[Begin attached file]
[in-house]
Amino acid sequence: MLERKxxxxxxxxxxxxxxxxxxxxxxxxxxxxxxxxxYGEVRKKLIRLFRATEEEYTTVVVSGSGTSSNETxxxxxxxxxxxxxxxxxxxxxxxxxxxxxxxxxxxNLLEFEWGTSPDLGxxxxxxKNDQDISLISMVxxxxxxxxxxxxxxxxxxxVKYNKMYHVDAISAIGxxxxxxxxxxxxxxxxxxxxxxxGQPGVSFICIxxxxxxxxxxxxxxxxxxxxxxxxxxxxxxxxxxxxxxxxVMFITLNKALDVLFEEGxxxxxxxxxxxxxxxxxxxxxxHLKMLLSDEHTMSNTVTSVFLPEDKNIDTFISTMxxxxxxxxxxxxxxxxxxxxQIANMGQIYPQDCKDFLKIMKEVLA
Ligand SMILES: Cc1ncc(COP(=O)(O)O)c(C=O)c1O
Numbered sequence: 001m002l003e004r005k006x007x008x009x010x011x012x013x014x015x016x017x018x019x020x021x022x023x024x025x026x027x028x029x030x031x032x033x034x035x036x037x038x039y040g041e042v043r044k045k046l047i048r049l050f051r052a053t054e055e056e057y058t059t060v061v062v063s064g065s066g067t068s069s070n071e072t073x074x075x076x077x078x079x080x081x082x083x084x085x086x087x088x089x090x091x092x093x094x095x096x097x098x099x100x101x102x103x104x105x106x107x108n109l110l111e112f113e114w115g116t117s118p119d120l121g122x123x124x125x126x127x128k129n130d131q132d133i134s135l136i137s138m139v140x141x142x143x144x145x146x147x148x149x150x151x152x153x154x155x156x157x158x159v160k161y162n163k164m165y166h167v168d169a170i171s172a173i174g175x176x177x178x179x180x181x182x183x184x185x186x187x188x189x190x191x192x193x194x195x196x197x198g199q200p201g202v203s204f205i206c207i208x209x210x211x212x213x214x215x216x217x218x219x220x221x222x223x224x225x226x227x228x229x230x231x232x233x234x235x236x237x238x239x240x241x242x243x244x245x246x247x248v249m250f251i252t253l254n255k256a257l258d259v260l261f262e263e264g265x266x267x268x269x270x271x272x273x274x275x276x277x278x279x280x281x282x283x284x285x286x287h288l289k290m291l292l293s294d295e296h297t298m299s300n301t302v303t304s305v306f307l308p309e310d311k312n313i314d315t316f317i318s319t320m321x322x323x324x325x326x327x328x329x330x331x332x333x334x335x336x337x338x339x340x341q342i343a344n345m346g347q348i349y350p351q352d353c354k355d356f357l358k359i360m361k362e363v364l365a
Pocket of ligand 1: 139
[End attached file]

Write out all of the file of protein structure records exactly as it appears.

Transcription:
[in-house]
Amino acid sequence: MLERKxxxxxxxxxxxxxxxxxxxxxxxxxxxxxxxxxYGEVRKKLIRLFRATEEEYTTVVVSGSGTSSNETxxxxxxxxxxxxxxxxxxxxxxxxxxxxxxxxxxxNLLEFEWGTSPDLGxxxxxxKNDQDISLISMVxxxxxxxxxxxxxxxxxxxVKYNKMYHVDAISAIGxxxxxxxxxxxxxxxxxxxxxxxGQPGVSFICIxxxxxxxxxxxxxxxxxxxxxxxxxxxxxxxxxxxxxxxxVMFITLNKALDVLFEEGxxxxxxxxxxxxxxxxxxxxxxHLKMLLSDEHTMSNTVTSVFLPEDKNIDTFISTMxxxxxxxxxxxxxxxxxxxxQIANMGQIYPQDCKDFLKIMKEVLA
Ligand SMILES: Cc1ncc(COP(=O)(O)O)c(C=O)c1O
Numbered sequence: 001m002l003e004r005k006x007x008x009x010x011x012x013x014x015x016x017x018x019x020x021x022x023x024x025x026x027x028x029x030x031x032x033x034x035x036x037x038x039y040g041e042v043r044k045k046l047i048r049l050f051r052a053t054e055e056e057y058t059t060v061v062v063s064g065s066g067t068s069s070n071e072t073x074x075x076x077x078x079x080x081x082x083x084x085x086x087x088x089x090x091x092x093x094x095x096x097x098x099x100x101x102x103x104x105x106x107x108n109l110l111e112f113e114w115g116t117s118p119d120l121g122x123x124x125x126x127x128k129n130d131q132d133i134s135l136i137s138m139v140x141x142x143x144x145x146x147x148x149x150x151x152x153x154x155x156x157x158x159v160k161y162n163k164m165y166h167v168d169a170i171s172a173i174g175x176x177x178x179x180x181x182x183x184x185x186x187x188x189x190x191x192x193x194x195x196x197x198g199q200p201g202v203s204f205i206c207i208x209x210x211x212x213x214x215x216x217x218x219x220x221x222x223x224x225x226x227x228x229x230x231x232x233x234x235x236x237x238x239x240x241x242x243x244x245x246x247x248v249m250f251i252t253l254n255k256a257l258d259v260l261f262e263e264g265x266x267x268x269x270x271x272x273x274x275x276x277x278x279x280x281x282x283x284x285x286x287h288l289k290m291l292l293s294d295e296h297t298m299s300n301t302v303t304s305v306f307l308p309e310d311k312n313i314d315t316f317i318s319t320m321x322x323x324x325x326x327x328x329x330x331x332x333x334x335x336x337x338x339x340x341q342i343a344n345m346g347q348i349y350p351q352d353c354k355d356f357l358k359i360m361k362e363v364l365a
Pocket of ligand 1: 139